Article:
President Zuma has reassured the nation that he is not a racist and has also commended his biggest critic, Julius Malema while admonishing opposition parliamentary leader, Mmusi Maimane in parliament on Thursday in his response to the debate on his State of the Nation Address.
Jacob Zuma was responding to the debate that has surrounded his dramatic SONA presented last Thursday in the National Assembly where the members of the opposition, the Economic Freedom Fighters were thrown out of the Chamber for insisting on disrupting the President’s speech by asking when and how he intended to pay the more than a quarter of a billion rand that was spent on the renovation of his Nkandla home in KwaZulu-Natal. Speaker of parliament, Baleka Mbete, sitting with the Chairperson of the Council of Provinces, Thandi Modise called in the security of parliament to remove the EFF members physically, leading to a number of aches and bruises. When quizzed a few minutes later about the identity of the personnel who had come into parliament to remove the EFF members, Modise confirmed that some of them had been members of the security forces. The opposition Democratic Alliance then walked out in protest of the entry of members of the security forces being brought into parliament.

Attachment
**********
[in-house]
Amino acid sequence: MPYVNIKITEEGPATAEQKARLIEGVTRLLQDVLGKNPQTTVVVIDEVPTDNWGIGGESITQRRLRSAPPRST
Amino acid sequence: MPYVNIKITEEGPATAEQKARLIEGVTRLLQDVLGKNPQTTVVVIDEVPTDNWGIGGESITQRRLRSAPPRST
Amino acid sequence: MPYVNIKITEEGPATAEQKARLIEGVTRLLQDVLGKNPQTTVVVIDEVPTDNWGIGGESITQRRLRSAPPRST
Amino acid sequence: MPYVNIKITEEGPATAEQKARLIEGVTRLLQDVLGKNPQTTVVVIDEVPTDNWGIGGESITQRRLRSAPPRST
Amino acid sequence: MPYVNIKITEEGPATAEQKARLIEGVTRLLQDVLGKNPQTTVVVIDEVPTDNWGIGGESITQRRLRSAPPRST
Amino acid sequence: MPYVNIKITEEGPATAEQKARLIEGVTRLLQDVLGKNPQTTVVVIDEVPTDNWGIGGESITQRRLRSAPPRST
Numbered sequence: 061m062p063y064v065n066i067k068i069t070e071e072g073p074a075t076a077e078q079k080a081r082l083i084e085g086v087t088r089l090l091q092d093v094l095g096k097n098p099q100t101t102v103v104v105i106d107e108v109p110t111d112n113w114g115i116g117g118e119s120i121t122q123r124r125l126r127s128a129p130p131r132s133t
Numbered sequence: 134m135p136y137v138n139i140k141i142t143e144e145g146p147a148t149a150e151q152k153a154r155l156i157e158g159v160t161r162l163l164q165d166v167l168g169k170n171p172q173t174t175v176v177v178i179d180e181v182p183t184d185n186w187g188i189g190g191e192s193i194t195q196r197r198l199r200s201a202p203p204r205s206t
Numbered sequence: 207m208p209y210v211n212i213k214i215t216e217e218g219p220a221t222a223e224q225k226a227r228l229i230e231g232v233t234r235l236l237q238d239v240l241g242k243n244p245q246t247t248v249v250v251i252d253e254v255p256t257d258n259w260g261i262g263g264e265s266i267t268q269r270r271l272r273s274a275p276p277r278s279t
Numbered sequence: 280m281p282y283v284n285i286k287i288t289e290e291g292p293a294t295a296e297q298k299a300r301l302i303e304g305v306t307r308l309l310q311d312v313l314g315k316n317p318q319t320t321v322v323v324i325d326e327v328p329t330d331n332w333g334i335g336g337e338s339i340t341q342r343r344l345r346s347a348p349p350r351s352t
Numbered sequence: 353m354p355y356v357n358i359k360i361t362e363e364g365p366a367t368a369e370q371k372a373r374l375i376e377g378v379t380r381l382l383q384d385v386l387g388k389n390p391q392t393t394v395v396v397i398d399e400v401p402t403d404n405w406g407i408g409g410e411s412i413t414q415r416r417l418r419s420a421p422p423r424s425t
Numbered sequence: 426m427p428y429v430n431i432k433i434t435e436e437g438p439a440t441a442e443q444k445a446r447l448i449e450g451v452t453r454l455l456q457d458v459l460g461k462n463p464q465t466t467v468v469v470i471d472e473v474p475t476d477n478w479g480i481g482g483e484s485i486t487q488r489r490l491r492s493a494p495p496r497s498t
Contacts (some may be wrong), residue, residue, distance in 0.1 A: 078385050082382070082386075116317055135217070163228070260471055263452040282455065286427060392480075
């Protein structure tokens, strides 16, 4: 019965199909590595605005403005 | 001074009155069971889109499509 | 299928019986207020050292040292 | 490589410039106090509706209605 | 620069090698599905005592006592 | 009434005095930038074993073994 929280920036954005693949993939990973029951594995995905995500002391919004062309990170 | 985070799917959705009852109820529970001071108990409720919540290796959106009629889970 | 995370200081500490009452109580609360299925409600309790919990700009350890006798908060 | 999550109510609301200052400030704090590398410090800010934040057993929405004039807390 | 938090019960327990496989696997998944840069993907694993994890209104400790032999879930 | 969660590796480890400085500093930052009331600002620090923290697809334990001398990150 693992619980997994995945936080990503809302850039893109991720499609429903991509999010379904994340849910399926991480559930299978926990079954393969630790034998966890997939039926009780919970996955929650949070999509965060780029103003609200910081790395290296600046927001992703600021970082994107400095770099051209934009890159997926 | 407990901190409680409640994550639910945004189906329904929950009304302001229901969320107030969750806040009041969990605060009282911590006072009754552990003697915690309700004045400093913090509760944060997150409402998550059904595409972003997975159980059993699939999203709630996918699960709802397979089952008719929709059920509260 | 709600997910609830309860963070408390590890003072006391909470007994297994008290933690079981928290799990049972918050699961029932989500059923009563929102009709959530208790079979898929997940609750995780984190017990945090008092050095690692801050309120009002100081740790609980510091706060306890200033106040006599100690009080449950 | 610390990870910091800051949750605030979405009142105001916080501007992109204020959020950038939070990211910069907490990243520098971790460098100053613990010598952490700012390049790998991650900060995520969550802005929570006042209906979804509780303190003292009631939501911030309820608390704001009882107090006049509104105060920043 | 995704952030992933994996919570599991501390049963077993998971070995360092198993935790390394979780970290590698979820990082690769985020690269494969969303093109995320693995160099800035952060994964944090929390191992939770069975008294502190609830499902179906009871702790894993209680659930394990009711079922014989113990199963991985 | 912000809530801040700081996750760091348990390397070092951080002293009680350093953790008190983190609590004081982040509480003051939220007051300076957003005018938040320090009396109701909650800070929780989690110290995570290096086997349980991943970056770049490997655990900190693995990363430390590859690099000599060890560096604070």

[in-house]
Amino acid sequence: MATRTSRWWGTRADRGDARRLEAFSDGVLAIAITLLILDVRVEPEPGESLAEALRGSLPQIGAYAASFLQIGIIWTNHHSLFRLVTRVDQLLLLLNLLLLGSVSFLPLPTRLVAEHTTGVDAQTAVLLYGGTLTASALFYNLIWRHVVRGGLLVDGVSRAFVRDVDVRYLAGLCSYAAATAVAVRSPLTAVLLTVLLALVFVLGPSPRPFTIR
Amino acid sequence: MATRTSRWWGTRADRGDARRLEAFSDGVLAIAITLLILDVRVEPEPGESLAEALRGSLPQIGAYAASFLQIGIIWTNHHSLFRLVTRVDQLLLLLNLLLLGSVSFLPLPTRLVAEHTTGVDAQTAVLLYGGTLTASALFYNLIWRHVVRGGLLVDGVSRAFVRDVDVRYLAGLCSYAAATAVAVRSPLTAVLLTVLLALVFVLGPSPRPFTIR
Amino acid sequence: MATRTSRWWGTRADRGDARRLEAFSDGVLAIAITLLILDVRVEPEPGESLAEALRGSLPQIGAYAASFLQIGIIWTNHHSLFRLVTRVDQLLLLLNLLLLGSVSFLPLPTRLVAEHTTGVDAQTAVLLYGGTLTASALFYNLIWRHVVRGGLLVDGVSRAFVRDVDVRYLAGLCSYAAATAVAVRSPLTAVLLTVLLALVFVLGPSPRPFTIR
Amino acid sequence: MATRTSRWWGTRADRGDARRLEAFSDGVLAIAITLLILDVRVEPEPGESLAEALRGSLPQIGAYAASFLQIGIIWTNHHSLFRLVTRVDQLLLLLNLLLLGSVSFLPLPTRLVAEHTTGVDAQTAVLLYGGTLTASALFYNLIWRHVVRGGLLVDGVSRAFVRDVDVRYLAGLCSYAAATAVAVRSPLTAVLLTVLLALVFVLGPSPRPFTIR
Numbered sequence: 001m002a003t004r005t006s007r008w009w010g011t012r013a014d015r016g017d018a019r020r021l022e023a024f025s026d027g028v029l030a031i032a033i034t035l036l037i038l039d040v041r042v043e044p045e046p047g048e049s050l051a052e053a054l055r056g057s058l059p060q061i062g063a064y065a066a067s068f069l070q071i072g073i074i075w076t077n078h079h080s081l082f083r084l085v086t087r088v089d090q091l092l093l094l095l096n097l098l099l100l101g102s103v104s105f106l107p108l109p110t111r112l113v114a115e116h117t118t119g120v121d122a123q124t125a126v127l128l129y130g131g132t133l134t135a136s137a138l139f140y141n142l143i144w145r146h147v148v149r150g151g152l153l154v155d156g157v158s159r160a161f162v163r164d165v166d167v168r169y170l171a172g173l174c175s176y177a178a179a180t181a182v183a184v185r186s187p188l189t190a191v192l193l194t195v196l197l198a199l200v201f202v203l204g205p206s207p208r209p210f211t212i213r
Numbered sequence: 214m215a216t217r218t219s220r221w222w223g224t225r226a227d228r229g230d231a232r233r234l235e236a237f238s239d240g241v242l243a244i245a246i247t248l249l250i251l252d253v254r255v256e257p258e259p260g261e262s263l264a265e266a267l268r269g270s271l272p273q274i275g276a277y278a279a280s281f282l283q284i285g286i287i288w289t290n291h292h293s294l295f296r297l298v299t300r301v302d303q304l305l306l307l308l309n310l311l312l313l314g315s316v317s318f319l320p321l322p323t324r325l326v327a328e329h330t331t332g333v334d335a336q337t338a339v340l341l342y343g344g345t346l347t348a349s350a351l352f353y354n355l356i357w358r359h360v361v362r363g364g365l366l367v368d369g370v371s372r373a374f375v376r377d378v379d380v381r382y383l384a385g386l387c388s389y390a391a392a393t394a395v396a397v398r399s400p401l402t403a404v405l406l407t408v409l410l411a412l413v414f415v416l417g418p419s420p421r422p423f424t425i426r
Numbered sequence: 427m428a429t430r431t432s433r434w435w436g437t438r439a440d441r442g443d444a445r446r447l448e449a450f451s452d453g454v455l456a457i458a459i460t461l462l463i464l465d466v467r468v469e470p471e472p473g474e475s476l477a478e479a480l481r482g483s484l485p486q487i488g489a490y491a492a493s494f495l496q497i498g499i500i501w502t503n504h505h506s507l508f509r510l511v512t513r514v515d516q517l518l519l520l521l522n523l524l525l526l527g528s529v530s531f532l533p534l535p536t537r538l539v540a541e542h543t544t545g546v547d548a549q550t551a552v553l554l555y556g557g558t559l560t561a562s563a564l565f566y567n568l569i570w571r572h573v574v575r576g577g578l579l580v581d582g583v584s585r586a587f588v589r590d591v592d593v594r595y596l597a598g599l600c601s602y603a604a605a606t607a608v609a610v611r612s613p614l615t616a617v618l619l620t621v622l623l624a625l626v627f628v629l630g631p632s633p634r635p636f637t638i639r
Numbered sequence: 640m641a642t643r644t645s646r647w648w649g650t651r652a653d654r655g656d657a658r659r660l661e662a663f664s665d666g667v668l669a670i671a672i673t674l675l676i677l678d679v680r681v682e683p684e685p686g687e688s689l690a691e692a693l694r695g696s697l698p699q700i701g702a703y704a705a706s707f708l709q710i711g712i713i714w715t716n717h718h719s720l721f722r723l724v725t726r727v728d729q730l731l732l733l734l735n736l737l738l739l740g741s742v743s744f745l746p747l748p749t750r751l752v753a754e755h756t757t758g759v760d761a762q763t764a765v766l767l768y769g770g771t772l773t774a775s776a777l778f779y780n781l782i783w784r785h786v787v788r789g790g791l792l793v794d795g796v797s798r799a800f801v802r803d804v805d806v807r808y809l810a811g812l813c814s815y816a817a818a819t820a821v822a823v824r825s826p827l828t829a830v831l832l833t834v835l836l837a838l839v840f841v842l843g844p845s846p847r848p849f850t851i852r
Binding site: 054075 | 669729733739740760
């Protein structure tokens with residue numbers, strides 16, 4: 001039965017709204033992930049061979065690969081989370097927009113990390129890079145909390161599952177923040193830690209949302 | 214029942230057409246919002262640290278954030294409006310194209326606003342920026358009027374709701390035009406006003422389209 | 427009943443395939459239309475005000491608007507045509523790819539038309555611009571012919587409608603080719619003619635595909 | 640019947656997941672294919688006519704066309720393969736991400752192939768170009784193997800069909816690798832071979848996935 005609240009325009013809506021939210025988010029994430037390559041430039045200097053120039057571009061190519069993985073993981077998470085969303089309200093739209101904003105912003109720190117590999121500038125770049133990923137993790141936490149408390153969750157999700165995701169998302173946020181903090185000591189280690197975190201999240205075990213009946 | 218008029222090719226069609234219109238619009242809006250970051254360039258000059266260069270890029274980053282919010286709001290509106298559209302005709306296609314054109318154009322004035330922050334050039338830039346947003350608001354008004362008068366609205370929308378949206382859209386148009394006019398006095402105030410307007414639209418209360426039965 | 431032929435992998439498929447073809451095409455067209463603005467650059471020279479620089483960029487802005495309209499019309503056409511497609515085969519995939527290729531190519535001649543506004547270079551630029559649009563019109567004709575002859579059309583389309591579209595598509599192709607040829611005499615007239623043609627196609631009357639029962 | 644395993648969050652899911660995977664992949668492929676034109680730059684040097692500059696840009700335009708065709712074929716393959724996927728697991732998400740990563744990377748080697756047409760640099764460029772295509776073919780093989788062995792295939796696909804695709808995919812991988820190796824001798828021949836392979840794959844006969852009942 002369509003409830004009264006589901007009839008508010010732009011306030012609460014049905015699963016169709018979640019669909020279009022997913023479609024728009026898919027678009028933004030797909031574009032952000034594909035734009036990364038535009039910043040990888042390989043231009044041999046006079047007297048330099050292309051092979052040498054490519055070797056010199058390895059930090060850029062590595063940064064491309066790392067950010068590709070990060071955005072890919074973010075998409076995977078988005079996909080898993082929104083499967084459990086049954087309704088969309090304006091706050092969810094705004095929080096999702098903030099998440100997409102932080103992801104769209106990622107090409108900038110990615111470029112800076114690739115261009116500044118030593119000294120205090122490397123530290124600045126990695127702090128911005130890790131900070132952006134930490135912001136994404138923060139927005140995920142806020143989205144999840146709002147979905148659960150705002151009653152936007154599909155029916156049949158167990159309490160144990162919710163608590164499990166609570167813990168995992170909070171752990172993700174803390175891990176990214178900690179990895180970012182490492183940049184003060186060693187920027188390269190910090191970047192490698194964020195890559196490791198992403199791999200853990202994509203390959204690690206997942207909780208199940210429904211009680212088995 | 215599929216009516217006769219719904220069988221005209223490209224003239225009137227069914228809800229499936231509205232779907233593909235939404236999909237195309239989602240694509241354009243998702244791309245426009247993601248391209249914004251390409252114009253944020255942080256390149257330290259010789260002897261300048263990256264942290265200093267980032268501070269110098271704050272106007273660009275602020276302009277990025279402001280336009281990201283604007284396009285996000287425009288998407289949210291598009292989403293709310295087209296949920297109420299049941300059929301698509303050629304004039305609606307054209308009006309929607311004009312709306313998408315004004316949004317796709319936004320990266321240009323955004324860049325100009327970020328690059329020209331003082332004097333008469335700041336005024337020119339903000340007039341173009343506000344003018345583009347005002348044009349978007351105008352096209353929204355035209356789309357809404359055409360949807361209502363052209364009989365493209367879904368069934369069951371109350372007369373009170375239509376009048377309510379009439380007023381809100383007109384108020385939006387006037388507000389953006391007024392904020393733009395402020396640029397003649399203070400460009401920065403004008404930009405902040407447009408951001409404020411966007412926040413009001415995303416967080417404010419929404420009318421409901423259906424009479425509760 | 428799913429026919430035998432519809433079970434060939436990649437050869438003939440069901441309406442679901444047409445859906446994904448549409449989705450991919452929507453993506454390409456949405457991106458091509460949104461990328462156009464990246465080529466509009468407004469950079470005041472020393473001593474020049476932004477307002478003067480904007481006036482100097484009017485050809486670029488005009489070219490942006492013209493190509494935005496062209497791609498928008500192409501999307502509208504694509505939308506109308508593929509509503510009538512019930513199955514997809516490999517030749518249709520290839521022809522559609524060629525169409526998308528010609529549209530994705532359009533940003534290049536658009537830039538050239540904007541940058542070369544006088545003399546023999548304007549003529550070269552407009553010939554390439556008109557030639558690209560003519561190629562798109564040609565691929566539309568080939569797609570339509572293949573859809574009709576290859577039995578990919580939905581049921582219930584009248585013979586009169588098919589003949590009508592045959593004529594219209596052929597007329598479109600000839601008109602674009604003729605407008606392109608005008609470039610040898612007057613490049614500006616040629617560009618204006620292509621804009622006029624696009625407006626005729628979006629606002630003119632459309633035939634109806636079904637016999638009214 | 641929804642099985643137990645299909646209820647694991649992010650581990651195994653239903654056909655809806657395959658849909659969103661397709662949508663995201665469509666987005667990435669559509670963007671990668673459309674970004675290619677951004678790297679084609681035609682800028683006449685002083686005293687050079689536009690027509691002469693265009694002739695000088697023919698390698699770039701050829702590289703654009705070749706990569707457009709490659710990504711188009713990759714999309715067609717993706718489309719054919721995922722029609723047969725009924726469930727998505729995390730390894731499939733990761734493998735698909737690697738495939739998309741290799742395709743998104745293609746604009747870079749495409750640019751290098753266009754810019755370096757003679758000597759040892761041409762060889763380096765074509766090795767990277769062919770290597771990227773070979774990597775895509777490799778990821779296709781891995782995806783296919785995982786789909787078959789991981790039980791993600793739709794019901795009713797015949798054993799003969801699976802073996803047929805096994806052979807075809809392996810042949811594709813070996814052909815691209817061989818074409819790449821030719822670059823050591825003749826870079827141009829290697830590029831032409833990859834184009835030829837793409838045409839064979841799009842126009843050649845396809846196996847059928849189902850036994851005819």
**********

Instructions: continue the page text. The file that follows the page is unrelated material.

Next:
In the aftermath of the President’s speech, many issues have emerged in the debate about the speech including claims that he made at an ANC rally that the problem of the country started with the arrival of Jan van Riebeeck, who is regarded as the father of the Afrikaans people in South Africa. This comment raised the ire of this minority group and was also raised in the debate following the state of the nation address. In response to these comments, Zuma argued that he was not a racist and that the Afrikaans people are welcome to live in South Africa. Moving away from his traditional prepared speech, Zuma said, addressing those that were in the gallery more than his fellow MPs, “We are a rainbow nation. Nobody will chase you away. There should be no fear.” This appears to have been a good move as it won him applause from his audience.
Turning to the troubling jamming of the cellphone signal prior to the presentation of his SONA, Zuma said that it was an unfortunate incident that should not be allowed to happen again. Many media houses had taken the matter up with the court, seeking clarification and assurance that it would not happen again.
Zuma extended an olive branch to, arguably, his biggest critic, Julius Malema when he commended the junior politician for raising concern about temporary workers. Part of his response read, “I must also commend Honourable Malema for really dealing with the State of the Nation Address. Because he did just what is wanted, our debate, our views in this democracy to be expressed here properly and with respect.” He went on to castigate the leader of the other significant opposition, Mmusi Maimane, who had called Zuma a broken man who presided over a broken country. Zuma accused Maimane of “playing the man and not the ball.”